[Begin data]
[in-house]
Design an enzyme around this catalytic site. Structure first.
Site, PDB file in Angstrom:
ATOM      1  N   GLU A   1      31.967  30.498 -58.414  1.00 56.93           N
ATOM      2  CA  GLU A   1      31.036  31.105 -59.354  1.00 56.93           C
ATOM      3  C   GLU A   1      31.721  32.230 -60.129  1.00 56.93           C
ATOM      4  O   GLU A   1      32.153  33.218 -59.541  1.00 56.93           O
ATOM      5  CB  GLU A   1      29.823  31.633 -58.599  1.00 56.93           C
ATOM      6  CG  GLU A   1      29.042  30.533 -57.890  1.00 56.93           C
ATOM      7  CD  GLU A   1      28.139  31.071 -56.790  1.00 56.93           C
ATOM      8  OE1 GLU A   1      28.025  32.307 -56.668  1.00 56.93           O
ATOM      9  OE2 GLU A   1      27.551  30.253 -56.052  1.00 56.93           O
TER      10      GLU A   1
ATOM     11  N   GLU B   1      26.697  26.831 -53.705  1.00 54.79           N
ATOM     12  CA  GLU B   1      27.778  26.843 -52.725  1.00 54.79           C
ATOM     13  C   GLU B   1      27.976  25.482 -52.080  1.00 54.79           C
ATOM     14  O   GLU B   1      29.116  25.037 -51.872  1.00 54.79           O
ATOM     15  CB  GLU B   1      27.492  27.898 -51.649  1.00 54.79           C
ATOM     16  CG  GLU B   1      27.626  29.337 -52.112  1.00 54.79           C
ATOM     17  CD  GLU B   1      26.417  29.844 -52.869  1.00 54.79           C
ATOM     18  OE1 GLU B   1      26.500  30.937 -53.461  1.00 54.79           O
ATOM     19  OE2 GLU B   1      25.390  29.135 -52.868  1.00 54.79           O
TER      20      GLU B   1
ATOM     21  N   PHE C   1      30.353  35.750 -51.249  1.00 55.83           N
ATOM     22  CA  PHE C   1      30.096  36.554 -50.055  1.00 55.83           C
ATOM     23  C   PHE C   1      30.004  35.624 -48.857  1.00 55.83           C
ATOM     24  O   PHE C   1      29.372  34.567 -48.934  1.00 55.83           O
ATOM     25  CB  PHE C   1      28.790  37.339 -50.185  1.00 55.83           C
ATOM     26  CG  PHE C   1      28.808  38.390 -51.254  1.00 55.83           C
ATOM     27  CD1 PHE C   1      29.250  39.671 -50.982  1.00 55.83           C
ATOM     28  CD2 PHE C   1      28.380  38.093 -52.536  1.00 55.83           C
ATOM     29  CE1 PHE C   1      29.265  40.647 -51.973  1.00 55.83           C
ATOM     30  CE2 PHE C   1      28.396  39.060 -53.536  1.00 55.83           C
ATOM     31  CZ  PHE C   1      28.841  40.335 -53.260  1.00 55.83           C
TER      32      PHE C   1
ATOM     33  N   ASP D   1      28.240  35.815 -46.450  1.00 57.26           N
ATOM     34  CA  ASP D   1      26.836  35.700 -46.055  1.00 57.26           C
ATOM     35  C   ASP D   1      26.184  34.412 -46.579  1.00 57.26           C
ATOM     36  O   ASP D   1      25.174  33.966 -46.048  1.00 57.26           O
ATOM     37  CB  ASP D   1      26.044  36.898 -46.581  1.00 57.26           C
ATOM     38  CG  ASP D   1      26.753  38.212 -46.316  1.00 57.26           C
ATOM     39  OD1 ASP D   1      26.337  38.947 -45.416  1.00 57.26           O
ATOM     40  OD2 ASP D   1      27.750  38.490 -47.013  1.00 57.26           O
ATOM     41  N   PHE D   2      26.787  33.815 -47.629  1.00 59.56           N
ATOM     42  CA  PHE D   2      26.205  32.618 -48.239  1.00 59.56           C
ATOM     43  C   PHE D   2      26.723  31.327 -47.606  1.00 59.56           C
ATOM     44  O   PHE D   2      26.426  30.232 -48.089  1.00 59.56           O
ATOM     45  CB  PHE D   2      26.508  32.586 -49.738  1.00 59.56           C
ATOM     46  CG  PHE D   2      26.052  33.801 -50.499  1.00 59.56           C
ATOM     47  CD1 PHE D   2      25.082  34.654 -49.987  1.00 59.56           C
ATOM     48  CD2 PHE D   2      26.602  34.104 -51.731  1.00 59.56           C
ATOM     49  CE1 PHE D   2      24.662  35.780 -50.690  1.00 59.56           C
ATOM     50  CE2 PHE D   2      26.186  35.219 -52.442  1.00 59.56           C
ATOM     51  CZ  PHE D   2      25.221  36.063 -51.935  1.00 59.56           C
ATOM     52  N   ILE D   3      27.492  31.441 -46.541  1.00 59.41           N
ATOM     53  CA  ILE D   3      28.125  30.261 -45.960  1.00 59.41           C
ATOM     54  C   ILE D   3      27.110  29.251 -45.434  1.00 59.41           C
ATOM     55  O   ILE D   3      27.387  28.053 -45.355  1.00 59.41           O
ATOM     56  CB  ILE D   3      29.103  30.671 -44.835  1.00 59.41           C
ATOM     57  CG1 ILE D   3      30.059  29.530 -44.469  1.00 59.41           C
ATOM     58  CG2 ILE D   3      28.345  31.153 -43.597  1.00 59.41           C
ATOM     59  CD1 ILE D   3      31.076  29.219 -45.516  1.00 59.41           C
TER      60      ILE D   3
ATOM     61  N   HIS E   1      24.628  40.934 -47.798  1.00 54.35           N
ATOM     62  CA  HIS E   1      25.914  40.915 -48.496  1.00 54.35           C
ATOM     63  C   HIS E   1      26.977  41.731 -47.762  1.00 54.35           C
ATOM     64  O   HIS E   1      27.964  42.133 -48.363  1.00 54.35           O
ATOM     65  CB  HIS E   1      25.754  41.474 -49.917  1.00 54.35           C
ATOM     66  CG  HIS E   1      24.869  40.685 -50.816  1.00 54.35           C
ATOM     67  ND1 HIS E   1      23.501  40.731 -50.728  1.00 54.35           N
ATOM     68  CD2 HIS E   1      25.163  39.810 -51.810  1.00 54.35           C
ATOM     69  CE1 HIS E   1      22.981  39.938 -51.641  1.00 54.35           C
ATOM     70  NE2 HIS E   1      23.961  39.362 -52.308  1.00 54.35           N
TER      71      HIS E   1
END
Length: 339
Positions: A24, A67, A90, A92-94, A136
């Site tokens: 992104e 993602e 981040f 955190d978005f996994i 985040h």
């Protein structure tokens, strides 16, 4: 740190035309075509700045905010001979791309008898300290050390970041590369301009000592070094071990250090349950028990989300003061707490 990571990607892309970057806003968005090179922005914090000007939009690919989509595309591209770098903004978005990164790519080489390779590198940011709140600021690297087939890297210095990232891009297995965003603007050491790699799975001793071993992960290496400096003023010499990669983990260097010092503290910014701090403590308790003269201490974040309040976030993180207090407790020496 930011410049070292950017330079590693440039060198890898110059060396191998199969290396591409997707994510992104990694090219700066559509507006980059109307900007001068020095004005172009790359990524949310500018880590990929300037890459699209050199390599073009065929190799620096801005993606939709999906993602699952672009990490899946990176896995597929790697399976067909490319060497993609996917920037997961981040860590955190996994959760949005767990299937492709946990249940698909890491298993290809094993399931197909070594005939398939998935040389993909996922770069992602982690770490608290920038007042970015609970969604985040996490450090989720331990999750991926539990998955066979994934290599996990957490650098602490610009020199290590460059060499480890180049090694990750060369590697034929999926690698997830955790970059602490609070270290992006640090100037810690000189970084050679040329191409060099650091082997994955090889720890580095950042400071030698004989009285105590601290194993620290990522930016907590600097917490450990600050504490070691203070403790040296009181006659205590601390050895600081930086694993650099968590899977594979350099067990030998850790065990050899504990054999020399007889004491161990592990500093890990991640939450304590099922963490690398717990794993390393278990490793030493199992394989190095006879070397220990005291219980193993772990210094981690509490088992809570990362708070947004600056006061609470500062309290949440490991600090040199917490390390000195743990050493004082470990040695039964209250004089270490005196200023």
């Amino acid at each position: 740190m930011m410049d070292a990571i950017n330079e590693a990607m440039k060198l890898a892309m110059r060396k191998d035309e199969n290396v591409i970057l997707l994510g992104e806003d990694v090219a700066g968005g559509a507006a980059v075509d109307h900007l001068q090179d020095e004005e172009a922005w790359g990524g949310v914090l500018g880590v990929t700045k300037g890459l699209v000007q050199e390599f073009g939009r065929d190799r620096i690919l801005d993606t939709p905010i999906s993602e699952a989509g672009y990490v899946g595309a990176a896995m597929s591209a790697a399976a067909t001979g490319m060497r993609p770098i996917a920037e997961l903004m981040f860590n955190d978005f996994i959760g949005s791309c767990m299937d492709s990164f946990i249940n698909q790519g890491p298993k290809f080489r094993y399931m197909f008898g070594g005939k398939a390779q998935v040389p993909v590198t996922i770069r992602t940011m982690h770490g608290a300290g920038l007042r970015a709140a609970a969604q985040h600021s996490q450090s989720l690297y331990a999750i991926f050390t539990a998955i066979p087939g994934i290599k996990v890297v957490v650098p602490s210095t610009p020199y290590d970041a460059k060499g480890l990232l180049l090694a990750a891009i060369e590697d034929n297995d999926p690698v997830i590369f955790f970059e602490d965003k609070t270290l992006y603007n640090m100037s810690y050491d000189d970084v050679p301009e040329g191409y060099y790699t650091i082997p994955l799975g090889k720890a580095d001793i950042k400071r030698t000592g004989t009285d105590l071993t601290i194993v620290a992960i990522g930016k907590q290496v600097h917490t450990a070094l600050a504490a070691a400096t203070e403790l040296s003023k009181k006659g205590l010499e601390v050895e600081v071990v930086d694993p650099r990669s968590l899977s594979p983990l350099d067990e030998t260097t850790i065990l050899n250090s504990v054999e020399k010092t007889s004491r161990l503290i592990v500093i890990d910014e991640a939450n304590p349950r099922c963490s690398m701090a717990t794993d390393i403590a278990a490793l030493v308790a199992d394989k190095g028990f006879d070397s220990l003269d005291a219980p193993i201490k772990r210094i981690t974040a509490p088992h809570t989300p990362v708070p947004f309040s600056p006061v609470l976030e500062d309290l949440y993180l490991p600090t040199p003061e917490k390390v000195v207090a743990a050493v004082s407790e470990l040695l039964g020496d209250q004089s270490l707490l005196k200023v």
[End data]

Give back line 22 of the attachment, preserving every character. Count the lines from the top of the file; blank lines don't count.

ATOM     19  OE2 GLU B   1      25.390  29.135 -52.868  1.00 54.79           O